As Jesus' fame spread, religious leaders from Jerusalem made the trip up north to Galilee to confront Jesus. Their mission was to undermine his growing popularity by showing the people that he was not following the Law of God. Their subject was defilement, and they considered that Jesus' practice of allowing his disciples to eat with unwashed hands was both physically and spiritually wrong. Jesus took advantage of the opportunity to set the record straight. It is not what we take in that is defiling to us, but that which is hatched in our hearts and minds. What defiles is sin, not dirt.

At this point in the story Matthew begins to introduce an element in the ministry of Jesus that may at first go unnoticed. He chronicles Jesus' interaction with a Canaanite woman who would have been understood as a non-Jew living among the nation of Israel. That Jesus commends her faith is a sign that the Kingdom has come, not only to rescue Jews but all. We are reminded of God's promise to Abram in Genesis 12:3 that "in your seed all the nations of the earth will be blessed." And while the Old Testament people of God were sure that this meant that one had to become an Israelite to get to God, it is clear here that one must merely come to Jesus.

The grace of God to the Gentile world is also demonstrated in the story of the feeding of the 4,000. Some consider this to be a re-telling of the previous story (feeding the 5,000) but it actually is a second demonstration that Jesus has come to bring life. The text makes it clear (and Mark's account confirms it: Mark 7:31-8:10) that Jesus was east of the Jordan, in the region of Decapolis, when this event takes place. This was a region populated by Gentiles. That Jesus feeds the Gentile crowd shows us that God's plan to bless all nations through the redemptive work of Jesus is about to begin.

Chapter 16 shows Jesus once again confronted by his opponents who demand that he dance to their tune and produce a miracle on demand. Once again Jesus refuses to be pushed into their mold. He leaves that region and travels north with his disciples and along the way we are given another glimpse of their maturing faith. Once again their concern is for their own wellbeing. They had forgotten to bring food. It is obvious that they had forgotten their first mission (10:5ff) as well as the fact that they were traveling with Jesus who had already demonstrated the ability to make a meal out of  almost nothing! Their concern for themselves meant a lack of trust in Jesus.

Their journey takes them to the foot of Mt. Carmel, and the cliffs of Caesarea Philippi. This region was known for the many shrines chiseled into the cliffs of the mountain, dedicated to a whole host of pagan deities. Many of them were consecrated to Pan, and can still be seen today. Against this backdrop of pagan shrines Jesus asked his disciples "Who do people say the Son of Man is?" After hearing various answers,  he put it more directly: "who do you say that I am? Once again we see Peter leading out. "You are the Christ (Messiah), the Son of the living God."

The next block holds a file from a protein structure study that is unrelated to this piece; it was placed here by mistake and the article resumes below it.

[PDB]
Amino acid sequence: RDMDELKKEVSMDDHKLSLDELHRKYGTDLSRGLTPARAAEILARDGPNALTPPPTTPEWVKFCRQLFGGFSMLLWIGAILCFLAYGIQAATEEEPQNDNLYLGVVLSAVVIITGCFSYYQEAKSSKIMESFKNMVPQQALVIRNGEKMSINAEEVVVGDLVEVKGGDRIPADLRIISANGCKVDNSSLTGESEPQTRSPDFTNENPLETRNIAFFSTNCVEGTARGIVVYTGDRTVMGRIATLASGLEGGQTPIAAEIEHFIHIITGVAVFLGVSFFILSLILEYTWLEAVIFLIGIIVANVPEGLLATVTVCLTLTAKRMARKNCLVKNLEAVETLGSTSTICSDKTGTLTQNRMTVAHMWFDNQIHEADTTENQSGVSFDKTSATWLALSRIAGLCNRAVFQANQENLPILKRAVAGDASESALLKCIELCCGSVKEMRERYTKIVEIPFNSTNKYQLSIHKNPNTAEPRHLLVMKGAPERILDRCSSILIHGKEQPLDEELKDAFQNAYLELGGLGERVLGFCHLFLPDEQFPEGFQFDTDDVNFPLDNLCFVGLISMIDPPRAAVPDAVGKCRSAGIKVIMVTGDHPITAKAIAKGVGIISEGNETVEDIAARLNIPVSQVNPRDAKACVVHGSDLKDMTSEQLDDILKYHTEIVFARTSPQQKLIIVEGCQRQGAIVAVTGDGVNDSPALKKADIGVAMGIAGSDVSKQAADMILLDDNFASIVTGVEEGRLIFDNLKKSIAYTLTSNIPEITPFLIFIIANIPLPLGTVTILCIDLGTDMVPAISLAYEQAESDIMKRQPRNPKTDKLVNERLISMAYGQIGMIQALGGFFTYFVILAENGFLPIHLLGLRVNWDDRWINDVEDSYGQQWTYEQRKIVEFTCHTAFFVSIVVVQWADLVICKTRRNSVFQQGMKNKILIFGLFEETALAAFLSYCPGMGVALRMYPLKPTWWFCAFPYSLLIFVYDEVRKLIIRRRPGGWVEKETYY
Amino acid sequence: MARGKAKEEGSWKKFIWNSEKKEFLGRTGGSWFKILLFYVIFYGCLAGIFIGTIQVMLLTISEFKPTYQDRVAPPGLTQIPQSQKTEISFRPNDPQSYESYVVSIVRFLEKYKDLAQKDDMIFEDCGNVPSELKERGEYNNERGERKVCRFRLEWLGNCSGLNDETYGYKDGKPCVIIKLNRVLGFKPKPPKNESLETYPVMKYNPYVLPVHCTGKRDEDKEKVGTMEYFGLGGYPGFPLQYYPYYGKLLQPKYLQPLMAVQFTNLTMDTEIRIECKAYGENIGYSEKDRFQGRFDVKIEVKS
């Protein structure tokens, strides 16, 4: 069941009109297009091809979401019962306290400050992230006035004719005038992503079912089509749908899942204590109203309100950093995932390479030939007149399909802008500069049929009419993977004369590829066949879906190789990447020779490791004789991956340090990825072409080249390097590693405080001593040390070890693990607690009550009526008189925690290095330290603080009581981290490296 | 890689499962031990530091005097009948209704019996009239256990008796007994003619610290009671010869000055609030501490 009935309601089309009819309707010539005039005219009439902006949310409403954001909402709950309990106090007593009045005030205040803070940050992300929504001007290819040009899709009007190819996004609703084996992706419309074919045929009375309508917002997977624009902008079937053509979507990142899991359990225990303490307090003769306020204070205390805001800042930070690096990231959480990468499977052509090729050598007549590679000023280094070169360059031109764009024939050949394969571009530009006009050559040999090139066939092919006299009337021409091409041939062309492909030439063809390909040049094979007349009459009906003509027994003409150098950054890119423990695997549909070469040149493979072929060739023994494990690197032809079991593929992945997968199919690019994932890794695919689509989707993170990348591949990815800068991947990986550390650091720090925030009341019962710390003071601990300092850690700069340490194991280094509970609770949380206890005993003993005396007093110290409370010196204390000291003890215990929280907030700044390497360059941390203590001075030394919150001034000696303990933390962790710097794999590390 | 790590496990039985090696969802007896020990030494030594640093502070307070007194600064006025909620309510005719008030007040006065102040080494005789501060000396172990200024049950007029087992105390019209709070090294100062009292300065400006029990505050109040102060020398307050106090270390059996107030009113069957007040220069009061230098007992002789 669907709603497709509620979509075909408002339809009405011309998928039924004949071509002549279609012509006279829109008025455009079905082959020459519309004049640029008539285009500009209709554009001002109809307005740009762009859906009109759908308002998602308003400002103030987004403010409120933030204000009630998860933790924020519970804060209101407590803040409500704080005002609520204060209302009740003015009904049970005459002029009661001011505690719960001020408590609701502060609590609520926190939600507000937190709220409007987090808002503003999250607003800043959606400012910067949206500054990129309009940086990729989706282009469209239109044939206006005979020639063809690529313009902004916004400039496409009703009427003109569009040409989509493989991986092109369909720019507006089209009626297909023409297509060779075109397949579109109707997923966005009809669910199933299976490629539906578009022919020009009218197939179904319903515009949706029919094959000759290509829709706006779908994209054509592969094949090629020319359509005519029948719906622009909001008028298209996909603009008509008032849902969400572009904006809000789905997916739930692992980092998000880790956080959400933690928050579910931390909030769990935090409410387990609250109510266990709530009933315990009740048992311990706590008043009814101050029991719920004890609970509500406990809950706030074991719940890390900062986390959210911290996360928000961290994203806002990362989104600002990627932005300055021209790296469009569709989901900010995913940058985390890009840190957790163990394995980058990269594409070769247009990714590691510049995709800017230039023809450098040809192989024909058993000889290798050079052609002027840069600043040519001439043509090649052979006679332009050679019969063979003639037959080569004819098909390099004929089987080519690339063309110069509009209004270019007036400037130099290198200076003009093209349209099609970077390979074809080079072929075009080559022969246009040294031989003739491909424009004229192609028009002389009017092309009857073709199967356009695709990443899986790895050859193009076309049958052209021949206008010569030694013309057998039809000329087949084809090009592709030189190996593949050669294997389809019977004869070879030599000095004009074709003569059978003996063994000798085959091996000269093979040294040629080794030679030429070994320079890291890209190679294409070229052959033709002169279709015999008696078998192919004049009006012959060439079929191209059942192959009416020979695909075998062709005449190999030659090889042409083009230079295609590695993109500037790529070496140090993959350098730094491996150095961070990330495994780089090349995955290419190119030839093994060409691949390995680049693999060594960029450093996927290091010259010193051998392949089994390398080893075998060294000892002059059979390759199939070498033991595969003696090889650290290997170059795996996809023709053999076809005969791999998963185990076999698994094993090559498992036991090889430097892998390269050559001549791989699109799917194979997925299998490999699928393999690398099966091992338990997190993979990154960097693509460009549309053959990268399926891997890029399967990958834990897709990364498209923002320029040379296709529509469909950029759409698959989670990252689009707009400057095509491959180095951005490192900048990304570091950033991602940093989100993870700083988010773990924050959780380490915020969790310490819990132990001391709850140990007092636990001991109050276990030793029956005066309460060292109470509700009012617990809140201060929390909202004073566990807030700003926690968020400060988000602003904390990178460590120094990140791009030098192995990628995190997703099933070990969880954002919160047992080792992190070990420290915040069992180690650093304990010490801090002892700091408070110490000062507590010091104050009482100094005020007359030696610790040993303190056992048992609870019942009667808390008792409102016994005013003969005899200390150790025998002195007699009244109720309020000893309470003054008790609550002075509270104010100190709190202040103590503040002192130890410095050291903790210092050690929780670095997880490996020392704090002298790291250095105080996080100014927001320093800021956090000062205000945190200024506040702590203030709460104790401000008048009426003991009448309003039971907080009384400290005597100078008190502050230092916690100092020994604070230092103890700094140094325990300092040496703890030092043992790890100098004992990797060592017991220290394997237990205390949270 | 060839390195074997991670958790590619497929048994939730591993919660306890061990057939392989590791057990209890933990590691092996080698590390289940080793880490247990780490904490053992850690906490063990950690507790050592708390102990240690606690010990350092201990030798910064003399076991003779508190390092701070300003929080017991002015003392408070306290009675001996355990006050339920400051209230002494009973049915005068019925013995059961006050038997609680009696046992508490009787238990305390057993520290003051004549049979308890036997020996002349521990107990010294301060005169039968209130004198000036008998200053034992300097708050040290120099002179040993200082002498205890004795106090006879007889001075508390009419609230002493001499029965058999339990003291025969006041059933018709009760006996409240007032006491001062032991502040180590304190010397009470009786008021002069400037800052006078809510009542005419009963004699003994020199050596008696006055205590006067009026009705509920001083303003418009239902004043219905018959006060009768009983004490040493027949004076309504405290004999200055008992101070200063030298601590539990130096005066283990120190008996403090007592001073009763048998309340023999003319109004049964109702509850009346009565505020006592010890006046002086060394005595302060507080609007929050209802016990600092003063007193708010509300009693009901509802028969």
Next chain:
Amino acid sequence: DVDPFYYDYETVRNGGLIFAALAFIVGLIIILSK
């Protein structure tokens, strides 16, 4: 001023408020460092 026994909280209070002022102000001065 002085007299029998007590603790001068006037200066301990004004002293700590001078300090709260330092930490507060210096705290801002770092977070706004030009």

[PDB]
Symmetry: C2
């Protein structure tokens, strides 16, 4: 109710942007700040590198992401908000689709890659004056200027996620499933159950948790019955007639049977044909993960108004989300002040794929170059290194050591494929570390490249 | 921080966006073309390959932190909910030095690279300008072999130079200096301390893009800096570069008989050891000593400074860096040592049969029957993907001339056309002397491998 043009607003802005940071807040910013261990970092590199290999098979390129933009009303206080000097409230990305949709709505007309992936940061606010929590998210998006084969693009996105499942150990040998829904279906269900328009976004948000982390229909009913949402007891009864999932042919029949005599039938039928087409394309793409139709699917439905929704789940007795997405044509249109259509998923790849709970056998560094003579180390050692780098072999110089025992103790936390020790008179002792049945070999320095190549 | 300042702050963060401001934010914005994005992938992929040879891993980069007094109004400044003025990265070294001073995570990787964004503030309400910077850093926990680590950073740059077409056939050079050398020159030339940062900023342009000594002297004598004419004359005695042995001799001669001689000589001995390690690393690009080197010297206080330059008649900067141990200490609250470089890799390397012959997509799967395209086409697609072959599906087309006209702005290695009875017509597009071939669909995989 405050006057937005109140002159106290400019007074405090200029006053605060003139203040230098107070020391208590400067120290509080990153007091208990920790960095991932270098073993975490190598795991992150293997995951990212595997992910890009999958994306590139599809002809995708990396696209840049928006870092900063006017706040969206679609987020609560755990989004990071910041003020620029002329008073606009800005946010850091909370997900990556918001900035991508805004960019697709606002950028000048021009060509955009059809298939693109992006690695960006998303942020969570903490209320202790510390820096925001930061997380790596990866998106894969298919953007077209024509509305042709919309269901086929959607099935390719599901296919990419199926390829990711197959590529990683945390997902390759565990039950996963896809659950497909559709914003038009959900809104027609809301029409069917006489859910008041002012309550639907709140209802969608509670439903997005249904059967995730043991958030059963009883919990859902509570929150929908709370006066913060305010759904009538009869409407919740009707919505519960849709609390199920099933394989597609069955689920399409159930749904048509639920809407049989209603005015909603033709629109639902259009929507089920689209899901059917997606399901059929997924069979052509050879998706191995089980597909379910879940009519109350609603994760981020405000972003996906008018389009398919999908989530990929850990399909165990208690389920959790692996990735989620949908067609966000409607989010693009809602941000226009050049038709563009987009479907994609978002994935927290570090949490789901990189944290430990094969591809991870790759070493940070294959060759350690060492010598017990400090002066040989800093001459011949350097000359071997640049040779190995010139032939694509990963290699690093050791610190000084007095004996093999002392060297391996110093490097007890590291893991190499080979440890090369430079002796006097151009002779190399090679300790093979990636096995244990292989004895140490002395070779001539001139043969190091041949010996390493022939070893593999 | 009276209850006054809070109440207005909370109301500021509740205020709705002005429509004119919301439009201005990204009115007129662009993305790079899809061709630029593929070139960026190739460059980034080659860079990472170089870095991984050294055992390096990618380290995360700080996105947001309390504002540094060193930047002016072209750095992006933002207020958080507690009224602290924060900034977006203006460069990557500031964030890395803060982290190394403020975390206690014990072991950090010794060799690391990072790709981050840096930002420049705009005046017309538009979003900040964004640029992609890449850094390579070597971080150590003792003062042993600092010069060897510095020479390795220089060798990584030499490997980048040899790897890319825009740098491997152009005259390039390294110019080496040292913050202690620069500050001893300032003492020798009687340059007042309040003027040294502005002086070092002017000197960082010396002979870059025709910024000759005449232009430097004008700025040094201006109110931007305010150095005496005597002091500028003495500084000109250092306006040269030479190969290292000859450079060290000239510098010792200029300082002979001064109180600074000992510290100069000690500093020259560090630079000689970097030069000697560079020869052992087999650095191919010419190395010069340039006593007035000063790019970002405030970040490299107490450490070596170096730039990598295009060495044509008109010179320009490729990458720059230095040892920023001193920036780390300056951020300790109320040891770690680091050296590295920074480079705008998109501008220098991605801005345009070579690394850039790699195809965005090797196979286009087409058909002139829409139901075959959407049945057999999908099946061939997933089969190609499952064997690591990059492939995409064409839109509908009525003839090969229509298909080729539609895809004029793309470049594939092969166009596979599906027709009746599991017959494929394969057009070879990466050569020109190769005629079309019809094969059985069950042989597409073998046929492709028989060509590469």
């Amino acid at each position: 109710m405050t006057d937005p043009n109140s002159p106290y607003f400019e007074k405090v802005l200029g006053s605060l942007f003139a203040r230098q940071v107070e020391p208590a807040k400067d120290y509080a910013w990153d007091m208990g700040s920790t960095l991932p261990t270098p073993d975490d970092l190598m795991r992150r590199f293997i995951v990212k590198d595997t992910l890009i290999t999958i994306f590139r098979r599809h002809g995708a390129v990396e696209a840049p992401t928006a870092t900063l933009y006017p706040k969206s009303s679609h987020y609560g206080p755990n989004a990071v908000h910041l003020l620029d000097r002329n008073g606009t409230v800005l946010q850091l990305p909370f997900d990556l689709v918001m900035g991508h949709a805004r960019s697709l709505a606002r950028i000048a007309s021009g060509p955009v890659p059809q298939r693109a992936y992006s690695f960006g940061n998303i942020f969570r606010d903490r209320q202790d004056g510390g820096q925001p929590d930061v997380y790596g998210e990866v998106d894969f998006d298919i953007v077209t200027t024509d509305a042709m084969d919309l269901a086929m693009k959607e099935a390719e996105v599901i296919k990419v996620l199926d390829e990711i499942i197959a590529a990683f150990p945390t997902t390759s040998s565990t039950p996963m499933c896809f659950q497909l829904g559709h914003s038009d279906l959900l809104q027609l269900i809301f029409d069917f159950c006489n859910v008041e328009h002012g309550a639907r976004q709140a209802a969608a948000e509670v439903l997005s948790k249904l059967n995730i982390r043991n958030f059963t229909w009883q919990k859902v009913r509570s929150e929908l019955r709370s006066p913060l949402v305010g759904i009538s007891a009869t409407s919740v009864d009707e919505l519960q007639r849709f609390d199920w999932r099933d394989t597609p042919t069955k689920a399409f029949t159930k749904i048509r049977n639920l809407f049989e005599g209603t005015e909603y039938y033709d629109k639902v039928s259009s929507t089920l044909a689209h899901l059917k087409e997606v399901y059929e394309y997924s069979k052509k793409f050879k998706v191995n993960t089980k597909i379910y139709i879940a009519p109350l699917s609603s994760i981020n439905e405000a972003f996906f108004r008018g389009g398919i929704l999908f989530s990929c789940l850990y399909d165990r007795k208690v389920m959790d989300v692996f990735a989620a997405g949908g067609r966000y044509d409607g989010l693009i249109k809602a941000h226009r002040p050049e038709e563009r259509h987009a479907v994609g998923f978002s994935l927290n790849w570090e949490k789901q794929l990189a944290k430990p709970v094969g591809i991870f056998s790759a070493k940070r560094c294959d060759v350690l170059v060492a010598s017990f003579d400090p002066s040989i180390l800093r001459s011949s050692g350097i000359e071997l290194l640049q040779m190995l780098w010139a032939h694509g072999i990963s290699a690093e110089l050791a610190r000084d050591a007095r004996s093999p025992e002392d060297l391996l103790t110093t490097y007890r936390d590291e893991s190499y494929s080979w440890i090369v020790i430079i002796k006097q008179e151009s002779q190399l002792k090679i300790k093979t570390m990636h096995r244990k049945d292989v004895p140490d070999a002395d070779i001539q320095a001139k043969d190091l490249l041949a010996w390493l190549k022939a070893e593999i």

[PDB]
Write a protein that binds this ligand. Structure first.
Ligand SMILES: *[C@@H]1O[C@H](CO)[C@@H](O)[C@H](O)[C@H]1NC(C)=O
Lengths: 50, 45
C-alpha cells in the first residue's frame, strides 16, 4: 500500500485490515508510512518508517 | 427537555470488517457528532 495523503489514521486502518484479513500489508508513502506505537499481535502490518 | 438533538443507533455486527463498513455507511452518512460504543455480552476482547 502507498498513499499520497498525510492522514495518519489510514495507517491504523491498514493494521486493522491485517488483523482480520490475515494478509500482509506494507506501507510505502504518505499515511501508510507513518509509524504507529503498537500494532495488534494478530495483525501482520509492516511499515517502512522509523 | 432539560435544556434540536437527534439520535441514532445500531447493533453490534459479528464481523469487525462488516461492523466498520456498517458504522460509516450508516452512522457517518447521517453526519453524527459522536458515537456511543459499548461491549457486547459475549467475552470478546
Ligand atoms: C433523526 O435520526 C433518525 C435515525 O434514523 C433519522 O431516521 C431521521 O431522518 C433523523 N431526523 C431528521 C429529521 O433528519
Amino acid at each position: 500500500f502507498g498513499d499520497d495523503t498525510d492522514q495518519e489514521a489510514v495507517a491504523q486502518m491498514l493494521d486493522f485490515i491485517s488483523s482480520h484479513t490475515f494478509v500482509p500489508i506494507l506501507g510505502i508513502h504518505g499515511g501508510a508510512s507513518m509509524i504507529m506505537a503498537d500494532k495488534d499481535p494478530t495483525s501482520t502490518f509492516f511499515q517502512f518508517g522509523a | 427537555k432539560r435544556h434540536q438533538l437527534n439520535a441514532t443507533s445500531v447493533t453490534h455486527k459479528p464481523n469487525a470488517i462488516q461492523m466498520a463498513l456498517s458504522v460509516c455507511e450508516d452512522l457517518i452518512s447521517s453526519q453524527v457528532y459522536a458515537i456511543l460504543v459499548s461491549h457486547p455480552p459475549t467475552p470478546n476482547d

As the chapter ends we find Peter at the midpoint of his class in Jesus-ology. Up to this point, Jesus has been teaching and demonstrating just who he was! And to his credit, Peter passes the midterm with flying colors. He got it right! Jesus was the Messiah, God's Son.

But now Jesus begins the second half of the class and details what he came to do. The mission of Christ was not merely to teach and heal and prove that he was the Messiah. His mission to save his people from their sins demanded that he die! Hearing this Peter shows that, while he loves the fact that Messiah has come, there is no way he is going to let Messiah die! It is apparent that Peter needs the second half of the class!

In closing Jesus reiterates what true faith is. Peter's actions show that is mind is not set on trusting God and forwarding his plan, but on his own agenda which is, ultimately, aligned with Satan's plan. True faith in God will mean surrendering up our human agenda, identifying with the crucified Christ, and following him closely. To do so will be to trade our "this life agenda" for God's "new life agenda". Those who do so will find true purpose and satisfaction in this life and in the life to come.

Prayer: Lord, I confess that there is quite a bit of Peter in me. I gladly confess that you are the Christ, the Son of God. But when it comes to following where you go, and where you want me to go, I am too often more interested in my own comforts, my own pleasures, my own agenda. Father, forgive me for my selfishness and pride, and work your ways in me so that I might delight in you today, and in obeying your will rather than mine, to the glory of Christ, Amen.